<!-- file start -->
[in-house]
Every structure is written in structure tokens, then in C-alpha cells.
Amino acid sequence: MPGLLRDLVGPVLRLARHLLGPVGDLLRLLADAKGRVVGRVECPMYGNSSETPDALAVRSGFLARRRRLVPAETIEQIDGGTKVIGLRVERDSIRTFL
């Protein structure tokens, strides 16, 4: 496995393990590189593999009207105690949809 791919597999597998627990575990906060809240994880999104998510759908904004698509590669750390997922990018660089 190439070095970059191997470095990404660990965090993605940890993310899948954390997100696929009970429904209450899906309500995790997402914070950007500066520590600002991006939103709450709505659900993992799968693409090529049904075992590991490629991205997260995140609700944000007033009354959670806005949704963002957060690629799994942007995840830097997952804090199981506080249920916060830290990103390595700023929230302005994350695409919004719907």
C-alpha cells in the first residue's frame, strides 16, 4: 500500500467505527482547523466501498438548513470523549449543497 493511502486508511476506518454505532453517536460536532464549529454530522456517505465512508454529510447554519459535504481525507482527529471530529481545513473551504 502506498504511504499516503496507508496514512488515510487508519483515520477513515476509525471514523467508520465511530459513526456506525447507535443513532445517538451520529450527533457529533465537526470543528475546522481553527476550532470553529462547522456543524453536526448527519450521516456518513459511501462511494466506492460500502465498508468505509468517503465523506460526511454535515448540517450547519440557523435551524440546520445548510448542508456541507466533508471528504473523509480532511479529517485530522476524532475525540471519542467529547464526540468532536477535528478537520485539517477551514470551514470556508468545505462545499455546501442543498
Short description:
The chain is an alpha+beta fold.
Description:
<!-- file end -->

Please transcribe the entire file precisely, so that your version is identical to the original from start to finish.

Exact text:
[in-house]
Every structure is written in structure tokens, then in C-alpha cells.
Amino acid sequence: MPGLLRDLVGPVLRLARHLLGPVGDLLRLLADAKGRVVGRVECPMYGNSSETPDALAVRSGFLARRRRLVPAETIEQIDGGTKVIGLRVERDSIRTFL
């Protein structure tokens, strides 16, 4: 496995393990590189593999009207105690949809 791919597999597998627990575990906060809240994880999104998510759908904004698509590669750390997922990018660089 190439070095970059191997470095990404660990965090993605940890993310899948954390997100696929009970429904209450899906309500995790997402914070950007500066520590600002991006939103709450709505659900993992799968693409090529049904075992590991490629991205997260995140609700944000007033009354959670806005949704963002957060690629799994942007995840830097997952804090199981506080249920916060830290990103390595700023929230302005994350695409919004719907």
C-alpha cells in the first residue's frame, strides 16, 4: 500500500467505527482547523466501498438548513470523549449543497 493511502486508511476506518454505532453517536460536532464549529454530522456517505465512508454529510447554519459535504481525507482527529471530529481545513473551504 502506498504511504499516503496507508496514512488515510487508519483515520477513515476509525471514523467508520465511530459513526456506525447507535443513532445517538451520529450527533457529533465537526470543528475546522481553527476550532470553529462547522456543524453536526448527519450521516456518513459511501462511494466506492460500502465498508468505509468517503465523506460526511454535515448540517450547519440557523435551524440546520445548510448542508456541507466533508471528504473523509480532511479529517485530522476524532475525540471519542467529547464526540468532536477535528478537520485539517477551514470551514470556508468545505462545499455546501442543498
Short description:
The chain is an alpha+beta fold.
Description: